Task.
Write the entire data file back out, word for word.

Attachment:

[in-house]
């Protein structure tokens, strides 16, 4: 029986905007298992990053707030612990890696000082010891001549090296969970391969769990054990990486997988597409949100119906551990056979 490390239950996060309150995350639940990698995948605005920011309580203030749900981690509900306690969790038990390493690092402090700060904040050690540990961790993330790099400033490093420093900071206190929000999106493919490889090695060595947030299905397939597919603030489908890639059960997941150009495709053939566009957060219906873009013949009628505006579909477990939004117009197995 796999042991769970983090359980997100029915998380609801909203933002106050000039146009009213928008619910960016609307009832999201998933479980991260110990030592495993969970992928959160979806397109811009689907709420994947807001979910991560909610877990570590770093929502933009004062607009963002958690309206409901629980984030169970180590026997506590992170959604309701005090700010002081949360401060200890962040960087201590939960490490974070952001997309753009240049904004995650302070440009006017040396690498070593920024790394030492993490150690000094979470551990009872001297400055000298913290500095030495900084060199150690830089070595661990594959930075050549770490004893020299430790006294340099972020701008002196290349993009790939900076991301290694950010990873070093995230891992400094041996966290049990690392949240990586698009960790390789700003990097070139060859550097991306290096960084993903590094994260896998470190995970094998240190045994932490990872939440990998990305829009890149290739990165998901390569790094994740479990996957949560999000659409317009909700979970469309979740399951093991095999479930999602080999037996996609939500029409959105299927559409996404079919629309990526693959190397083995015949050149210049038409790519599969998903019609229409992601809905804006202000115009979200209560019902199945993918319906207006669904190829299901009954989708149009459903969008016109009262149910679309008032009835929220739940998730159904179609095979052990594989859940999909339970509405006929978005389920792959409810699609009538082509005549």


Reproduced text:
[in-house]
């Protein structure tokens, strides 16, 4: 029986905007298992990053707030612990890696000082010891001549090296969970391969769990054990990486997988597409949100119906551990056979 490390239950996060309150995350639940990698995948605005920011309580203030749900981690509900306690969790038990390493690092402090700060904040050690540990961790993330790099400033490093420093900071206190929000999106493919490889090695060595947030299905397939597919603030489908890639059960997941150009495709053939566009957060219906873009013949009628505006579909477990939004117009197995 796999042991769970983090359980997100029915998380609801909203933002106050000039146009009213928008619910960016609307009832999201998933479980991260110990030592495993969970992928959160979806397109811009689907709420994947807001979910991560909610877990570590770093929502933009004062607009963002958690309206409901629980984030169970180590026997506590992170959604309701005090700010002081949360401060200890962040960087201590939960490490974070952001997309753009240049904004995650302070440009006017040396690498070593920024790394030492993490150690000094979470551990009872001297400055000298913290500095030495900084060199150690830089070595661990594959930075050549770490004893020299430790006294340099972020701008002196290349993009790939900076991301290694950010990873070093995230891992400094041996966290049990690392949240990586698009960790390789700003990097070139060859550097991306290096960084993903590094994260896998470190995970094998240190045994932490990872939440990998990305829009890149290739990165998901390569790094994740479990996957949560999000659409317009909700979970469309979740399951093991095999479930999602080999037996996609939500029409959105299927559409996404079919629309990526693959190397083995015949050149210049038409790519599969998903019609229409992601809905804006202000115009979200209560019902199945993918319906207006669904190829299901009954989708149009459903969008016109009262149910679309008032009835929220739940998730159904179609095979052990594989859940999909339970509405006929978005389920792959409810699609009538082509005549």